Weasels are relatively small, nimble mammals that are members of the Mustelidae family, which also includes long-bodied animals such as wolverines, ferrets, badgers and certain skunk species. There are three weasel species that call North America home, the most prevalent being the long-tailed weasel. Below are a few interesting weasel facts you might not know.
General Weasel Facts
- Scientific Genera: Mustela
- Common Features: long and thin, fur-covered body; red, brown or white coat with a light underbelly; short legs; small head with rounded ears on either side.
- US Species Identification:
Weasels live in a variety of habitats, such as open fields, woodlands, thickets, roadsides and farmlands. They typically thrive in environments abundant with small prey (like small rodents) and with an available source of water. Most weasels live in either abandoned burrows, or nests under trees or rockpiles.
Weasels are carnivores that mainly prey on small vertibrates. They are adept hunters that eat around 40% of their body weight each day. Rodents make up a large part of their diets, although they are known to be opportunistic predators that will feed on whatever’s available to them.
Some favorite foods include:
- Activity: Since they do not hibernate, weasels are active all year long. Depending on the climate and season, they may display nocturnal or diurnal behavior.
- Reproduction: Females reach sexual maturity at about 3 months of age. Mating typically occurs in late spring and summer and gestation periods vary with the species.
- Hunting: Weasels are cunning and adept predators that hunt prey tirelessly throughout the day and night. They’re skilled climbers, swimmers and runners. Their long, slender bodies allow them to raid underground burrows, follow rodents into small spaces and wrap themselves around larger prey to hold them still. Weasels often kill more prey than they can eat, storing the overkill for later consumption.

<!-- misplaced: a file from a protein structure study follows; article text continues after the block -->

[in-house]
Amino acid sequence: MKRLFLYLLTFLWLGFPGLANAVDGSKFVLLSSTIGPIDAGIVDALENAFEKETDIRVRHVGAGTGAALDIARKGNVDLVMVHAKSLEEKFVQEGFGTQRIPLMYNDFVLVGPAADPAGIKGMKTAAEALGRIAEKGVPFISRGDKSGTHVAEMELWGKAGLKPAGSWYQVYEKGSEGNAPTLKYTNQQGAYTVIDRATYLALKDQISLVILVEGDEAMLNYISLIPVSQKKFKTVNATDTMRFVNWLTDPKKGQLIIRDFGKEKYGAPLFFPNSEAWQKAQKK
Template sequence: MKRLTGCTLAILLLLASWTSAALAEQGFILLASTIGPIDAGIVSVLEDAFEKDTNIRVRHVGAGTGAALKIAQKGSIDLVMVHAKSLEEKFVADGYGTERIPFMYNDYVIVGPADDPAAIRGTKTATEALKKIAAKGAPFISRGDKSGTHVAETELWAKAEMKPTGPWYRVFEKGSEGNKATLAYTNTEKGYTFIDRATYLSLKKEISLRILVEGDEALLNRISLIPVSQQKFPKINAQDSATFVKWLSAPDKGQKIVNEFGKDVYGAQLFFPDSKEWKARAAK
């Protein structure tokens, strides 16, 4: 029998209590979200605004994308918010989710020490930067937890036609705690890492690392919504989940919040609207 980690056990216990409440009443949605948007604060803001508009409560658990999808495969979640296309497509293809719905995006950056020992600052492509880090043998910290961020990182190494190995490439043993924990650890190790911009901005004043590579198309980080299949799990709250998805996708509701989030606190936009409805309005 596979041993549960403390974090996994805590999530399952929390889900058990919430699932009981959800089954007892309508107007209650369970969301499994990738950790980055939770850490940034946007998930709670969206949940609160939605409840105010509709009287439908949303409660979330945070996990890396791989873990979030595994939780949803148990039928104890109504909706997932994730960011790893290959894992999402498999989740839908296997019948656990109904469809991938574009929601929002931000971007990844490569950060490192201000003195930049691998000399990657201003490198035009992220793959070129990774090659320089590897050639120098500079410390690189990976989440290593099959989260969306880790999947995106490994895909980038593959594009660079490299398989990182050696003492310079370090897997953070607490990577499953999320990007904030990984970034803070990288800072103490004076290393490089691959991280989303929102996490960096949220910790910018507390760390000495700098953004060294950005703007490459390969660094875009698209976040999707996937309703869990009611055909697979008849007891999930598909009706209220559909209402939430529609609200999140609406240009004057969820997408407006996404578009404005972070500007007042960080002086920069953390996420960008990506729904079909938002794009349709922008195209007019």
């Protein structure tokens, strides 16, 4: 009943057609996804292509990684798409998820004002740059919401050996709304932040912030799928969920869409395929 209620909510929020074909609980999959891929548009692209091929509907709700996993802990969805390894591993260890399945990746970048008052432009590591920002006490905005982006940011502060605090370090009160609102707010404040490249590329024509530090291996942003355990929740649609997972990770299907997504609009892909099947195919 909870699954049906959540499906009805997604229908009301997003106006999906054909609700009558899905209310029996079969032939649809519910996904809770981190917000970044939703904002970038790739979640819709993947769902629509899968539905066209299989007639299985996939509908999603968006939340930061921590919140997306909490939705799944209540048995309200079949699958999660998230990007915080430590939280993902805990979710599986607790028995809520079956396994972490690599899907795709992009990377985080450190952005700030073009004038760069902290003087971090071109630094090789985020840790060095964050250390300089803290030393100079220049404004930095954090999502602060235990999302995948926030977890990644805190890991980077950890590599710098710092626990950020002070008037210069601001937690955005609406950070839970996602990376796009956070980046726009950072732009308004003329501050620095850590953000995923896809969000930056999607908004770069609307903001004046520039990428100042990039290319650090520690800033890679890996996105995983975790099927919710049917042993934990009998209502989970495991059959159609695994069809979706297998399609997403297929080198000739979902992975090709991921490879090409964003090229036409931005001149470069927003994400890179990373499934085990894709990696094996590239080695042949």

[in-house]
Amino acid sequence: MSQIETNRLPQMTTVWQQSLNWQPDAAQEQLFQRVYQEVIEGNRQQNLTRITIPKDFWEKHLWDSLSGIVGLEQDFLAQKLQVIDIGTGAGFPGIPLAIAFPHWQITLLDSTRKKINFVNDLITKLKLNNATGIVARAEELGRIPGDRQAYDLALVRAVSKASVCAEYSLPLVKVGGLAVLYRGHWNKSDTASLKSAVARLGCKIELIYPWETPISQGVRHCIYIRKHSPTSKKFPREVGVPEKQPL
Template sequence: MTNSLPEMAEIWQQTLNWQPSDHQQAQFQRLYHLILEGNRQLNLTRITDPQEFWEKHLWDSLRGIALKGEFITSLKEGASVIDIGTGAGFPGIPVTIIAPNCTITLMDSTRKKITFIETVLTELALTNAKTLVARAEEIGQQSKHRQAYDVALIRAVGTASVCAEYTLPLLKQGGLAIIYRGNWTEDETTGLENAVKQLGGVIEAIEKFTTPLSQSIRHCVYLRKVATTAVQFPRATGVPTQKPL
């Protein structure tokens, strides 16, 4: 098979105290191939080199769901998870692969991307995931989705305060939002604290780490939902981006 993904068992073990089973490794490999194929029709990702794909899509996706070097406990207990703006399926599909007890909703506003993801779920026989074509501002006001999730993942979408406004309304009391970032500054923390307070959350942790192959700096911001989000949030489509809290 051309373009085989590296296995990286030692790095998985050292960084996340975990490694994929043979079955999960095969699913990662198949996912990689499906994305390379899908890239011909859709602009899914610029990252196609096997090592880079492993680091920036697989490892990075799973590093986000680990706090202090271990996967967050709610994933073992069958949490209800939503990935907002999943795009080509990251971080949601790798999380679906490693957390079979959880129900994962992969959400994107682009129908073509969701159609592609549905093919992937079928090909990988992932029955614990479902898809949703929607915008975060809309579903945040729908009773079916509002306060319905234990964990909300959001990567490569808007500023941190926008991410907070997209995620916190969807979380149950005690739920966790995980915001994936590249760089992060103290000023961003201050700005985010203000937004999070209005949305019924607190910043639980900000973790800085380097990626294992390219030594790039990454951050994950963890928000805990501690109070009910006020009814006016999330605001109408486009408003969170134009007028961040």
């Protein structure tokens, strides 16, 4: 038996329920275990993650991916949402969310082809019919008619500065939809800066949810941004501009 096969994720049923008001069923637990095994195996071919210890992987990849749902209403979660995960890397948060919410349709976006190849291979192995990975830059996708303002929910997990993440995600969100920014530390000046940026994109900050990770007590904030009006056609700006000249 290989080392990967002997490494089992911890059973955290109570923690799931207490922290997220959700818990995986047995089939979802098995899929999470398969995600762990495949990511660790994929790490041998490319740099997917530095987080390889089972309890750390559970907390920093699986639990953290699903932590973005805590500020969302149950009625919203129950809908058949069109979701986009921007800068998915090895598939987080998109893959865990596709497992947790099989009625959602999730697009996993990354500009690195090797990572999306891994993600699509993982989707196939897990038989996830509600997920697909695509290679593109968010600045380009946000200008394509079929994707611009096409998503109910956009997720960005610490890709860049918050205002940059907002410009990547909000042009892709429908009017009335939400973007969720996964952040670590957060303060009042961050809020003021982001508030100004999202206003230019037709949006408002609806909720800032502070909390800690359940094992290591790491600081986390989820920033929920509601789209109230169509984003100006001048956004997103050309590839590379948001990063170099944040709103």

- Social Behavior: Aside from when they are mating or weaning young, weasels are solitary animals that fend for themselves in the wild. They are known to be territorial, defending their home ranges when invaded.
While many homeowners benefit from the presence of weasels as they often control rodent populations, weasels can be a nuisance when they gain access to poultry houses and prey on fowl or pets.
Signs of weasels and their damage include:
- Killed poultry, often bitten in the head or neck
- Stolen poultry eggs
- Killed rabbits
- Weasel tracks: small footprints with five toes and visible clawmarks on each foot
- The least weasel is the world’s smallest mamilian carnivore.
- Some weasel species have fur that changes color; in the winter, their fur will turn white to blend in with the snow. This is often referred to as the “ermine” phase.
- A group of weasels may be referred to as a “boogle”, “confusion”, “gang” or “pack”.
- Weasels often prey on animals larger than themselves.
- Much like their skunk relatives, weasels release foul-smelling secretions from their anal glands as a defense mechanism, and perhaps even to mark their territory.